When an analyzer (A) is rotated at 90 with respect to this linear polarization, no light reaches the detector. The ellipsometric null is obtained. Now, putting all the rotation angles of P, C, and A into the mathematical model that describes the optical behavior of the sample, it is possible to deduce parameters of the sample. To build an imaging ellipsometer from this nulling ellipsometer configuration one needs a spatially resolving detector (CCD camera) and an imaging system. This can be a long-working-distance microscope objective that produces an image of the illuminated area on the detector.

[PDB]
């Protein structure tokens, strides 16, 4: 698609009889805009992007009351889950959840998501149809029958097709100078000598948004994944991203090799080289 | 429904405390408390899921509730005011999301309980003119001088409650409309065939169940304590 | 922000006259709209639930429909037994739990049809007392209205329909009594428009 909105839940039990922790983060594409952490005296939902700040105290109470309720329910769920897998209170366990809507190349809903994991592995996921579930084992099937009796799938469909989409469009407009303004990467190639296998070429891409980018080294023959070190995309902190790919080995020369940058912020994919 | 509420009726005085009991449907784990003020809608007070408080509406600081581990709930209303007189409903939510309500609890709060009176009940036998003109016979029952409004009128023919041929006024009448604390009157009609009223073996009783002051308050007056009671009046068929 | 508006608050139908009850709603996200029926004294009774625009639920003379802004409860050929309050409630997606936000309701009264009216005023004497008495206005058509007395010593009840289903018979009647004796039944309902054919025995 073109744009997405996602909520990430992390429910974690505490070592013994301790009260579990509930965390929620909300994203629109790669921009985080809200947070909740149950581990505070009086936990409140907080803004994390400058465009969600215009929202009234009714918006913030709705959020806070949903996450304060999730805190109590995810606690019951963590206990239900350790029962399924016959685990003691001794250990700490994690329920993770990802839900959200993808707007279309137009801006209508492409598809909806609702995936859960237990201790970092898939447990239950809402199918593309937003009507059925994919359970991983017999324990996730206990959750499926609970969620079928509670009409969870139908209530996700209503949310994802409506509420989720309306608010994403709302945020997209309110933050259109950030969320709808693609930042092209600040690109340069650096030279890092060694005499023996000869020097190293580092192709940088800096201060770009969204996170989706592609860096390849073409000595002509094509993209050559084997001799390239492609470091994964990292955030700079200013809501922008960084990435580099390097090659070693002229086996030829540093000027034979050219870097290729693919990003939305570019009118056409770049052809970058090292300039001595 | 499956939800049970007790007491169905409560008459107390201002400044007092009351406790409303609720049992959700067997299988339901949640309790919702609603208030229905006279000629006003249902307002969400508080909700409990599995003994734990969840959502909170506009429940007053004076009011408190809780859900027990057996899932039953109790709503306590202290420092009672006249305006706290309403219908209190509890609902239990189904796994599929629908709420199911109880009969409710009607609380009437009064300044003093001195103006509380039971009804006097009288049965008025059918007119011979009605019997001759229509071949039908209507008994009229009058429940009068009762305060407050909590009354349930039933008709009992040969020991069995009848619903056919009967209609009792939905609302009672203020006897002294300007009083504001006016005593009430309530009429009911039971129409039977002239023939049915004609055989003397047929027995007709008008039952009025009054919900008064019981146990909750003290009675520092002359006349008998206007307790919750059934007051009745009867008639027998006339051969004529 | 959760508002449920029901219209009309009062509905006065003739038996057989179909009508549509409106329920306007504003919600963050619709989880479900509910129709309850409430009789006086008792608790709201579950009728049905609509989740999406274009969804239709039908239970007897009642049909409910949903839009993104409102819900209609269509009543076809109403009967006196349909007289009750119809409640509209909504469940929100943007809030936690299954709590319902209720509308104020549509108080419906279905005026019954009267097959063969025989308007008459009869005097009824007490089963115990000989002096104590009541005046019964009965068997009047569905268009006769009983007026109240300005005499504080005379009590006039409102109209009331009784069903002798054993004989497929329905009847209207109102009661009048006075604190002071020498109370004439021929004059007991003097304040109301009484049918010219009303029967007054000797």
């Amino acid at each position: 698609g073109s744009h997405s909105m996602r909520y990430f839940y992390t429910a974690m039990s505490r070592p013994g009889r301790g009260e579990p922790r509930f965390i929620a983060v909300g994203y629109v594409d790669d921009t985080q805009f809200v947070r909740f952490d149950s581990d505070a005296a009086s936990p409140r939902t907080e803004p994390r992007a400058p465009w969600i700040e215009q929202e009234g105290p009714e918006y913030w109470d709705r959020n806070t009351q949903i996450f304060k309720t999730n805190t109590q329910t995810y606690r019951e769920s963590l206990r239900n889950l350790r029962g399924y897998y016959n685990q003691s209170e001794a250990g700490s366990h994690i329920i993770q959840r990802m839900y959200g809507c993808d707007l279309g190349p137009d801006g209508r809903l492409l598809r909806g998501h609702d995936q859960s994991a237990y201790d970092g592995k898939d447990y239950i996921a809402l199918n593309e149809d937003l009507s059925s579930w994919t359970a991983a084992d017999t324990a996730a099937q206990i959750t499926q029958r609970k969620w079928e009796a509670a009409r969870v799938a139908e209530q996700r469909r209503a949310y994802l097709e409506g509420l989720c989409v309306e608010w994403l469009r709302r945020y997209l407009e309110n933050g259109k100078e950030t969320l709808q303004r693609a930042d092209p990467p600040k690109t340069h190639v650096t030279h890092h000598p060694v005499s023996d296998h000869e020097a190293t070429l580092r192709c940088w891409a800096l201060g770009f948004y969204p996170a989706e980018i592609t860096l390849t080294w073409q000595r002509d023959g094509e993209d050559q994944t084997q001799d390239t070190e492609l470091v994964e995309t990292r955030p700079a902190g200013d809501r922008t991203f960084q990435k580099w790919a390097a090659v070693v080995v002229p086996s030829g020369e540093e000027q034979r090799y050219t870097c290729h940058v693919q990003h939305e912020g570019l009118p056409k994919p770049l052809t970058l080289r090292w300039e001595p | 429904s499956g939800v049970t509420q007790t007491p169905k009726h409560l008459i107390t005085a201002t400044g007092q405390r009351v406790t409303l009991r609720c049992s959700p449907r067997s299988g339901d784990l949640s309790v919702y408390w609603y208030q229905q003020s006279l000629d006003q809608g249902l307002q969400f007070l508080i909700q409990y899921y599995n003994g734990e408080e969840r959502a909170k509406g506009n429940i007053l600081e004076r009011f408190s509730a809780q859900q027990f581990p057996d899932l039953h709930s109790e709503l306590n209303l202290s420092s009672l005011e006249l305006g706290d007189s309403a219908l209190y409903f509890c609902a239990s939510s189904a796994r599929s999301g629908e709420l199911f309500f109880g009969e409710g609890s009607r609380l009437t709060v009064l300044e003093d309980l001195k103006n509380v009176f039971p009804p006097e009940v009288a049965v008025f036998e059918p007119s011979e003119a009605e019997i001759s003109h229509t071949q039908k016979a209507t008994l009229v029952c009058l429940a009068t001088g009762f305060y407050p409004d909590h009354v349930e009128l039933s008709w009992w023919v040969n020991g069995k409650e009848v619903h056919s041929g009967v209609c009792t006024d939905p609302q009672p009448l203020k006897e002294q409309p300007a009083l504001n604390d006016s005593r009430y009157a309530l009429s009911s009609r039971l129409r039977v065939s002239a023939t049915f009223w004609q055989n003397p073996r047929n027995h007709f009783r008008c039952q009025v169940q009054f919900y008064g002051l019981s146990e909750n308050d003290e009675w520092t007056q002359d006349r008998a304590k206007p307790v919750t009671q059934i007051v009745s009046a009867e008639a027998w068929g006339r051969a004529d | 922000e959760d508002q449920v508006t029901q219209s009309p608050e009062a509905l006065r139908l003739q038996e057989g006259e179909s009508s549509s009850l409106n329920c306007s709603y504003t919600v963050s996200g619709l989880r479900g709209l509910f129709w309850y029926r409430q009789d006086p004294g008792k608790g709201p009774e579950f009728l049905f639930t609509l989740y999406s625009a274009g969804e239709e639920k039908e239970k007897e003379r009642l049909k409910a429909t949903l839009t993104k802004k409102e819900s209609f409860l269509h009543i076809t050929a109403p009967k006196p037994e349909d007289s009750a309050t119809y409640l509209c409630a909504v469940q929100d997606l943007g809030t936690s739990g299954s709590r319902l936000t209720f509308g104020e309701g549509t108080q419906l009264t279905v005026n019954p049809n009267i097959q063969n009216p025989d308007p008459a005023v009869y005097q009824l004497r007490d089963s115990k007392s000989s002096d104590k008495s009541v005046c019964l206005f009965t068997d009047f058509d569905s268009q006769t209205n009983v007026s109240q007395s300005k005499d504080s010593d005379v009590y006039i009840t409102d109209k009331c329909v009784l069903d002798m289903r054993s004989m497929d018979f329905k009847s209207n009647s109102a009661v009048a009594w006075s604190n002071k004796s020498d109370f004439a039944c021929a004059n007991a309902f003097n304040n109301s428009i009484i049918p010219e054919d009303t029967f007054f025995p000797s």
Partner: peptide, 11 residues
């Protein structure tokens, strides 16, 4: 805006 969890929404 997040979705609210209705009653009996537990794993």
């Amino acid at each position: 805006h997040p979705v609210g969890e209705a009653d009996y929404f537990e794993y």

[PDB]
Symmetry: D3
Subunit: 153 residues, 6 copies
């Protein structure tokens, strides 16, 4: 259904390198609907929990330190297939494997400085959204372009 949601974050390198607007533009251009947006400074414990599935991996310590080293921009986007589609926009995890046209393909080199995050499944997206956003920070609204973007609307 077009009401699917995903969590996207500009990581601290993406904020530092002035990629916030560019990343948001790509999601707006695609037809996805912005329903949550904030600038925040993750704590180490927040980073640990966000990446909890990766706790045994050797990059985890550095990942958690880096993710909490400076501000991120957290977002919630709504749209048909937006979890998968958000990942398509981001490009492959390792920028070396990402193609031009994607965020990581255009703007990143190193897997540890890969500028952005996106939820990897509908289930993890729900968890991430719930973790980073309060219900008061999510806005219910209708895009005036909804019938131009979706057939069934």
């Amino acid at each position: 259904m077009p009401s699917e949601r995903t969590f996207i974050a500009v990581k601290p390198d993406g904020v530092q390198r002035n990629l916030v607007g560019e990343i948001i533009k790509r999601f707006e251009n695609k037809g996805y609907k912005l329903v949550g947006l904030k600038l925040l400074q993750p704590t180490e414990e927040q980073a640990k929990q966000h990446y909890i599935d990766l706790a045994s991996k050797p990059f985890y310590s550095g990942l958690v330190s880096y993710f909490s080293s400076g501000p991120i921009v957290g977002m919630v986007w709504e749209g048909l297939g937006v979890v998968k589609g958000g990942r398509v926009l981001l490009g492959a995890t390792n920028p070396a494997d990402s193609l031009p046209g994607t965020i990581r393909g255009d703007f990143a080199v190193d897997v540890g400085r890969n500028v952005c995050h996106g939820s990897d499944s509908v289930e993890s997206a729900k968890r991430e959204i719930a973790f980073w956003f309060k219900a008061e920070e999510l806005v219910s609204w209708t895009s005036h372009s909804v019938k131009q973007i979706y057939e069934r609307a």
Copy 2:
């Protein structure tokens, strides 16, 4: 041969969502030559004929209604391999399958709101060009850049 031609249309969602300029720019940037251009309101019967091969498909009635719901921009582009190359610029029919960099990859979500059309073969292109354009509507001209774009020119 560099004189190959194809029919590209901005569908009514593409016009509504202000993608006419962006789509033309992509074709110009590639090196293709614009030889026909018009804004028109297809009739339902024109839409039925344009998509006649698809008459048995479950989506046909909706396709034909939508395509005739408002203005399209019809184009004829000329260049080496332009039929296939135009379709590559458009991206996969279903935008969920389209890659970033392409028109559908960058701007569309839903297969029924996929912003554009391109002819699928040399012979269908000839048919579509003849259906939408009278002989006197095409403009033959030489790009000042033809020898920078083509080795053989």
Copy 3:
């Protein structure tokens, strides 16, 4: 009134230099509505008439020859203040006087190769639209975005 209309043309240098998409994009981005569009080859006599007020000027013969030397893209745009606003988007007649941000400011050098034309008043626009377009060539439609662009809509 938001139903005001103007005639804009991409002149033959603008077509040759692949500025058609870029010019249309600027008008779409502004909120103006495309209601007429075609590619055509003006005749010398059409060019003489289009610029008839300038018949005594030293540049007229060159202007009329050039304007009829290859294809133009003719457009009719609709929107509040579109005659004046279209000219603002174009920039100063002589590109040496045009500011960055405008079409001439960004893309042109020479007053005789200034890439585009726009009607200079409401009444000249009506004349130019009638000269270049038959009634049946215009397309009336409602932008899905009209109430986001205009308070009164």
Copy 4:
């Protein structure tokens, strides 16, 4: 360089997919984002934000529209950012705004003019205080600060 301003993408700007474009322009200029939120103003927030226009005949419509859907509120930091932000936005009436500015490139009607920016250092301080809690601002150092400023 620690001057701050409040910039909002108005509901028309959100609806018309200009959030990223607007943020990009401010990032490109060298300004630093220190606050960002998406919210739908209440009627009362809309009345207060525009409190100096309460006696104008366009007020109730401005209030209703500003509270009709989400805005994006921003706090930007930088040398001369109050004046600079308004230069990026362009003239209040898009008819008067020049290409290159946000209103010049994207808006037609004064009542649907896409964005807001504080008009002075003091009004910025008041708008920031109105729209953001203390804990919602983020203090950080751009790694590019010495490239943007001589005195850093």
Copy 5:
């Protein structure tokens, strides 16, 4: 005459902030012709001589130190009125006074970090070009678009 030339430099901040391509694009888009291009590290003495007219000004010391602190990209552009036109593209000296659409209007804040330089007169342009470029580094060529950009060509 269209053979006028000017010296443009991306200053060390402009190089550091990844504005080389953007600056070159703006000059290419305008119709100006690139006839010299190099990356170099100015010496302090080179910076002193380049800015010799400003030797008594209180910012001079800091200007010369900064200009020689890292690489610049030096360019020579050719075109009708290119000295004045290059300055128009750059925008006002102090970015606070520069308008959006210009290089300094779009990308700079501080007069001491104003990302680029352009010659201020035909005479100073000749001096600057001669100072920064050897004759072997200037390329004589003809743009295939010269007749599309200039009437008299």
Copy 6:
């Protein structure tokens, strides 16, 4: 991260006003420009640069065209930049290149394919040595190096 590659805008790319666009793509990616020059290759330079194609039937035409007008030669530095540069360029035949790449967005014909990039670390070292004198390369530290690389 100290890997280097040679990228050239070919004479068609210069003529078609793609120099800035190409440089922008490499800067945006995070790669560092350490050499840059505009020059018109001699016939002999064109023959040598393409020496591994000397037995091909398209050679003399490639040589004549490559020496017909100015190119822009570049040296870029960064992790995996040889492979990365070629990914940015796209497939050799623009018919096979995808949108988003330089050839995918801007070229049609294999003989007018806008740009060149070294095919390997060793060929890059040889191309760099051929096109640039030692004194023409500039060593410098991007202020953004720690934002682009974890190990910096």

The advantage of choosing the nulling ellipsometer configuration is the ellipsometric contrast it generates for inhomogeneous, laterally structured samples--while one region of the sample may appear dark for a given setting of P, C, and A, another region of different optical properties (such as film thickness) will appear bright. This allows ultra-sensitive surface inspection at real-time video rates. Surface defects, scratches, and monolayer-thin contaminations become visible as well as desired structures like a patterned thin film. As the next step, one can use the camera signal for quantitative ellipsometric analysis. By defining regions of interest and averaging the gray level within a particular region with the help of a frame grabber and dedicated image processing software it is possible to perform (automated) nulling ellipsometry within the selected region only. To increase the limited dynamic range of the camera, electronic shutter and laser power control can be applied.